¹ Meanwhile the London or London-based atmosphere became increasingly dangerous and uncongenial both to Thomas and to his wife. As early as 1946 he was talking of emigrating to the United States, and in 1947 he had what would seem to be a nervous breakdown but refused psychiatric assistance. He moved to Oxford, where he was given a cottage by the distinguished historian A.J.P. Taylor. His trips to London, however, principally in connection with his BBC work, were grueling, exhausting, and increasingly alcoholic. In 1949 Taylor's wife financed the purchase of a cottage, the Boat House, Laugharne, and Thomas returned to Wales. In the following year his first American tour was arranged, and for a while it seemed as if a happy compromise had been arranged between American money and Welsh tranquillity.

Under Milk Wood, his best-known work, a play for voices, was originally written for radio broadcast (pub. posthumously 1954);
¹ This play, which evokes the lives of the inhabitants of a small Welsh town, shows Thomas's full powers as an artist in comedy; it is richly imaginative in language, dramatic in characterization, and fertile in comic invention.
Thomas read it for its first public performance in Cambridge, Mass., in 1953, in a still unfinished state. Noted for his readings of his own verse, Thomas became legendary in the U.S., where he gave many lecture tours and gained a wide following.
His readings did much to popularize the poetry reading as new medium for the art, are famous and notorious. He was flamboyantly theatrical, a heavy drinker, engaged in roaring disputes in public, and read his work aloud with tremendous depth of feeling.
¹ His monetary difficulties persisted. He coped with his exhausting American tours by indulging in reckless drinking bouts. There were far too many people who seem to have derived pleasure from making the famous poet drunk. His personal despair mounted, his marriage was in peril, and at last, while in New York City and far from his Welsh home, he took such an overdose of hard liquor that he died.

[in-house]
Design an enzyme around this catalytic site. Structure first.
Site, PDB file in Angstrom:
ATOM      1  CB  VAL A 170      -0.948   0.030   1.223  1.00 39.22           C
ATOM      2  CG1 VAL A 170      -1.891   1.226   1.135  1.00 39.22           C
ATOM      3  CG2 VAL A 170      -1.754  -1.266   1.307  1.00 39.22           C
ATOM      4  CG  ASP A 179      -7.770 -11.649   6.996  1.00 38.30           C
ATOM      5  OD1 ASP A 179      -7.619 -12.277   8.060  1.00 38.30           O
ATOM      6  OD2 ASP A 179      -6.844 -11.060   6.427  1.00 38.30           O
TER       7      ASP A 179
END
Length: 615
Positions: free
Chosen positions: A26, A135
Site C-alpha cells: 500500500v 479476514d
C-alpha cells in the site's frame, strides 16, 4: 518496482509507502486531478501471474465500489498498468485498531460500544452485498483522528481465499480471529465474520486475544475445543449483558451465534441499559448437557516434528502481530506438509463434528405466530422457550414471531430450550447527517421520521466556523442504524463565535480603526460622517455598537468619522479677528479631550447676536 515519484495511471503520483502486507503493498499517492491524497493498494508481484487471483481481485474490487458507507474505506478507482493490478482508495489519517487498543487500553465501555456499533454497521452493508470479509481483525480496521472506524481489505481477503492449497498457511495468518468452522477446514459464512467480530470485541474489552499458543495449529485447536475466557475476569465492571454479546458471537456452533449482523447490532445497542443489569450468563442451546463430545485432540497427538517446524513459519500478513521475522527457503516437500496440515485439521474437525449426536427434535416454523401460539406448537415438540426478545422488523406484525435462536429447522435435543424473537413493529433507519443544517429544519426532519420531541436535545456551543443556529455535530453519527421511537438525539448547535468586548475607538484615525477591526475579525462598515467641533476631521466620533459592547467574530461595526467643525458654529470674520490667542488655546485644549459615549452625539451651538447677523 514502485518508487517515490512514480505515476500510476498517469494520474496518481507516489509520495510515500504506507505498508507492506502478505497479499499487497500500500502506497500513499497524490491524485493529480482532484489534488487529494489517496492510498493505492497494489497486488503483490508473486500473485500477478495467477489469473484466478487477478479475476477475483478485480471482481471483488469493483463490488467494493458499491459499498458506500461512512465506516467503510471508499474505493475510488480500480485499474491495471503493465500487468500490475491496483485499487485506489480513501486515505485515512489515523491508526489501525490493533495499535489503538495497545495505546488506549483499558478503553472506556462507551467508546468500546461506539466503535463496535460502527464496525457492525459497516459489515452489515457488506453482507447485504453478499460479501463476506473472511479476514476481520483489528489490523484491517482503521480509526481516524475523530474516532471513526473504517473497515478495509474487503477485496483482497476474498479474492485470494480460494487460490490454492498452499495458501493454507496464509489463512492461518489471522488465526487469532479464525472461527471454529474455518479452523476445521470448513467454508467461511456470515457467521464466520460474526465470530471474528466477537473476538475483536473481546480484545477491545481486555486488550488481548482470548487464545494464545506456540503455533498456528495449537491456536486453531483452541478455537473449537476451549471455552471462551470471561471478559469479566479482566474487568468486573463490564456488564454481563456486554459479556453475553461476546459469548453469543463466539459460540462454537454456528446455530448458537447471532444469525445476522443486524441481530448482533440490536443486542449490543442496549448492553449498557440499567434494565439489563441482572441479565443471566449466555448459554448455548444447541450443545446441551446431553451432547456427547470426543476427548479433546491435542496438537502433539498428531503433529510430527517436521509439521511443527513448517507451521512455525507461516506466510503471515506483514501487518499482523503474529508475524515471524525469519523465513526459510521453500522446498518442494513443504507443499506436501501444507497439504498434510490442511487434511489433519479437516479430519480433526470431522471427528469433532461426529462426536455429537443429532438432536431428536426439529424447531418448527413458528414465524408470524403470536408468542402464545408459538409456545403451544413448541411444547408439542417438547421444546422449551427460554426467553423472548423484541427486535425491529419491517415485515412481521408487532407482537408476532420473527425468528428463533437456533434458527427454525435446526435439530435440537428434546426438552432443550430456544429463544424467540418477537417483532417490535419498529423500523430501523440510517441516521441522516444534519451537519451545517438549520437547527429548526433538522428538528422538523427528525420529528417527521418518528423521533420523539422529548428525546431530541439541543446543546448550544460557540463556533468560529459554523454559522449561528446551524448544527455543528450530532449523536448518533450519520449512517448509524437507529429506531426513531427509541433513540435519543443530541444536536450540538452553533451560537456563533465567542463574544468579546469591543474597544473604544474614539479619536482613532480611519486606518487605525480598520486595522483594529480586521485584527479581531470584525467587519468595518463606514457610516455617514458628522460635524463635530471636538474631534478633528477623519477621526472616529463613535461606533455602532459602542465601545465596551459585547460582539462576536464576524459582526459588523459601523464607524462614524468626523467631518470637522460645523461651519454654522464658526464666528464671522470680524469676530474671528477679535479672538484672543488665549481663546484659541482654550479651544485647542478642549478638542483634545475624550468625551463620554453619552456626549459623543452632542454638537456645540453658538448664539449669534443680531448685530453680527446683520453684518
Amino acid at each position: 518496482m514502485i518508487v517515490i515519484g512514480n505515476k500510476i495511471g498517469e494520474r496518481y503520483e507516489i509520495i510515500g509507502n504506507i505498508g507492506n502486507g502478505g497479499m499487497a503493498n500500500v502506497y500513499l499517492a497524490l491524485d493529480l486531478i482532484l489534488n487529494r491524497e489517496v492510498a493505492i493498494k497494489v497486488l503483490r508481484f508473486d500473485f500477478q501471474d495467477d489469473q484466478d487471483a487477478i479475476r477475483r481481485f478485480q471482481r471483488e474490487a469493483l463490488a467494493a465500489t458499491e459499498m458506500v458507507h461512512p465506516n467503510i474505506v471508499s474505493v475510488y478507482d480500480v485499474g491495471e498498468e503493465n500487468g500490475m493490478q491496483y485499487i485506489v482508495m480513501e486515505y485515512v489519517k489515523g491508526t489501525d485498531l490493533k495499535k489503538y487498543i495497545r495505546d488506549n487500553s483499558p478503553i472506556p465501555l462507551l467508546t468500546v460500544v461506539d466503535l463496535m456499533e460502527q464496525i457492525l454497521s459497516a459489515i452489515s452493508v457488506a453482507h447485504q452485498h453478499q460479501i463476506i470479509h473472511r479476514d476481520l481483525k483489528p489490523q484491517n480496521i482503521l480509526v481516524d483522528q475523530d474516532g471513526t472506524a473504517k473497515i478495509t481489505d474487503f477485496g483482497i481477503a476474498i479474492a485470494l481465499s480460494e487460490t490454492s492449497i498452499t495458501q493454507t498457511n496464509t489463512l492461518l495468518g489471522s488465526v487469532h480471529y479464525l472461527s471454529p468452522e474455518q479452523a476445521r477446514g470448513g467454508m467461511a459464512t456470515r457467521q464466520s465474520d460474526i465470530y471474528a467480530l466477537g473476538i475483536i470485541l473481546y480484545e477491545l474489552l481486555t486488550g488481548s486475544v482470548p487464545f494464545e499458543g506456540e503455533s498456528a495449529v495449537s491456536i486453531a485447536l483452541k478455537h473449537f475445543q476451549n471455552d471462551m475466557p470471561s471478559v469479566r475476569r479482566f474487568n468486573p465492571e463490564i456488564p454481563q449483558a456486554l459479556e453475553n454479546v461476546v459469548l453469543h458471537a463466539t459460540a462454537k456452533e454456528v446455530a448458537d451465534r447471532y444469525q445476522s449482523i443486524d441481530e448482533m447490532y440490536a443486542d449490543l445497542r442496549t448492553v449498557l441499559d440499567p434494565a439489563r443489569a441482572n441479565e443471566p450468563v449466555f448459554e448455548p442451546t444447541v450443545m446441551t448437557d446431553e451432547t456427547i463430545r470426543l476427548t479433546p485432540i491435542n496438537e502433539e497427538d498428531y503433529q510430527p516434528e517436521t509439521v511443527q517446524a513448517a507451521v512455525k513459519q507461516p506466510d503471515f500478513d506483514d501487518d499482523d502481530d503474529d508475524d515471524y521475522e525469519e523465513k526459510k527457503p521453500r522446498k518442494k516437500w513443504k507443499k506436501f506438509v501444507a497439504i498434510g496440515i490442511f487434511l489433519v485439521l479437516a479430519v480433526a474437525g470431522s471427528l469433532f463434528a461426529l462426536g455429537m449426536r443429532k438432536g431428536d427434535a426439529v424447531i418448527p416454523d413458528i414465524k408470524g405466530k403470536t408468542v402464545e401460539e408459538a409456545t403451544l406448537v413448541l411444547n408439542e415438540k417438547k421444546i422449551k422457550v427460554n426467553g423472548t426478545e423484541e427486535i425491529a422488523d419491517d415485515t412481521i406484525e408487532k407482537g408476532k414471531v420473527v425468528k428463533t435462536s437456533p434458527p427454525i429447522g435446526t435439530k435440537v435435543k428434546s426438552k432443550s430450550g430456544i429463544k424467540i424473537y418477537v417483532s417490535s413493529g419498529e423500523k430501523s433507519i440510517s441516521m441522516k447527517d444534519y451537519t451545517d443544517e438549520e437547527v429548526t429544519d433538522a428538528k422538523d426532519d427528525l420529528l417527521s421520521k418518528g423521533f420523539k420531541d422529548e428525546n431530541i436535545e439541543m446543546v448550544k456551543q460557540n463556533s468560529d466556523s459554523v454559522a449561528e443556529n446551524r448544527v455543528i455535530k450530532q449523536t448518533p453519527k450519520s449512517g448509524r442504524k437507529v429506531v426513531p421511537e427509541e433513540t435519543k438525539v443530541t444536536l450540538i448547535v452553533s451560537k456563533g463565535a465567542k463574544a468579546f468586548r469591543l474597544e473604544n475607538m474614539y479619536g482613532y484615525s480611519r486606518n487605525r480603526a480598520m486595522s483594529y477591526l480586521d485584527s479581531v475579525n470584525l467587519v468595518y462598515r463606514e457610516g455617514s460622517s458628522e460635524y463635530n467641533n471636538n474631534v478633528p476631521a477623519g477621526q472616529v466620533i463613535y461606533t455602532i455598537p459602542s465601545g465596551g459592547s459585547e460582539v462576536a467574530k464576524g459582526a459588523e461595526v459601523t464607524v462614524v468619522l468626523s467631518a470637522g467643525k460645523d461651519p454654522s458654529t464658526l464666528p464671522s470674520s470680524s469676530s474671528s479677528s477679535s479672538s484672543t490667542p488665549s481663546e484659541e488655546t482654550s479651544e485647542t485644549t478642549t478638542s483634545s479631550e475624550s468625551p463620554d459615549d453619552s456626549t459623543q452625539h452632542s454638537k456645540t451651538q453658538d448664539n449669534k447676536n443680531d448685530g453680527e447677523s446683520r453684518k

Thomas work is known for its comic exuberance, rhapsodic lilt, and pathos. His personal life, especially his reckless bouts of drinking was notorious.

Deaths and Entrances (1946) and In Country Sleep (1951), which are generally regarded as containing his finest writing. Thomas’s other works include The Map of Love (1939), containing both poetry and prose. A Portrait of the Artist as a Young Dog (1940) is a group of autobiographical sketches, and Adventures in the Skin Trade (pub. posthumously 1954) contains an unfinished novel. He wrote other prose pieces and several collections of short stories, many of which were written originally for radio. All his work, whether in verse or prose, shows rhythmic drive and verbal flamboyance.

Thomas died in New York City on Nov. 9, 1953, he was on a lecture-tour of the USA. In 2004 the Swansea Dylan Thomas Book Prize was inaugurated in his memory.

Inscription on tombstone:
In Memory
Dylan Thomas


To view Dylan Thomas's poems:
Famous Poets and Poems


Some more of his poems includes:

Child's Christmas In Wales, A Letter To My Aunt, A Process In The Weather Of The Heart, A Refusal To Mourn The Death, By Fire, Of A Child In London , All All And All The Dry Worlds Lever , All That I Owe The Fellows Of The Grave , Among Those Killed In The Dawn Raid Was A Man Aged A Hundred, And Death Shall Have No Dominion, Author's Prologue, Ballad Of The Long-Legged Bait, Before I Knocked, Clown In The Moon, Deaths And Entrances , Do Not Go Gentle Into That Good Night, Ears In The Turrets Hear, Elegy , Especially When The October Wind, Fern Hill, Foster The Light, From Love's First Fever To Her Plague, Hold Hard, These Ancient Minutes In The Cuckoo's Month, How Shall My Animal , I Dreamed My Genesis, I Fellowed Sleep, I Have Longed To Move Away , I See The Boys Of Summer, I, In My Intricate Image, If I Were Tickled By the Rub of Love , In My Craft Or Sullen Art, In The Beginning, Incarnate Devil, January 1939, Lament , Lie Still, Sleep Becalmed, Light Breaks Where No Sun Shines, Love In The Asylum, My Hero Bares His Nerves, My World Is Pyramid , Not From This Anger, On A Wedding Anniversary, On No Work Of Words, Once It Was The Colour Of Saying, Our Eunuch Dreams , Poem In October, Should Lanterns Shine, Sometimes The Sky's Too Bright, The Conversation Of Prayer, The Force That Through The Green Fuse Drives The Flower, The Hand That Signed The Paper, The Seed-At-Zero, Then Was My Neophyte, There Was A Saviour, This Side Of The Truth, To-Day, This Insect, Twenty-Four Years, Was There A Time, When All My Five And Country Senses See, When Once The Twilight Locks No Longer, When, Like A Running Grave, Where Once The Waters Of Your Face,


[Poet's Corner Index]


Reference, Research and Source Information

The History Channel

¹This info is From:
Thomas, Dylan. (2006). In Encyclopædia Britannica.
Retrieved June 13, 2006, from Encyclopædia Britannica Premium Service: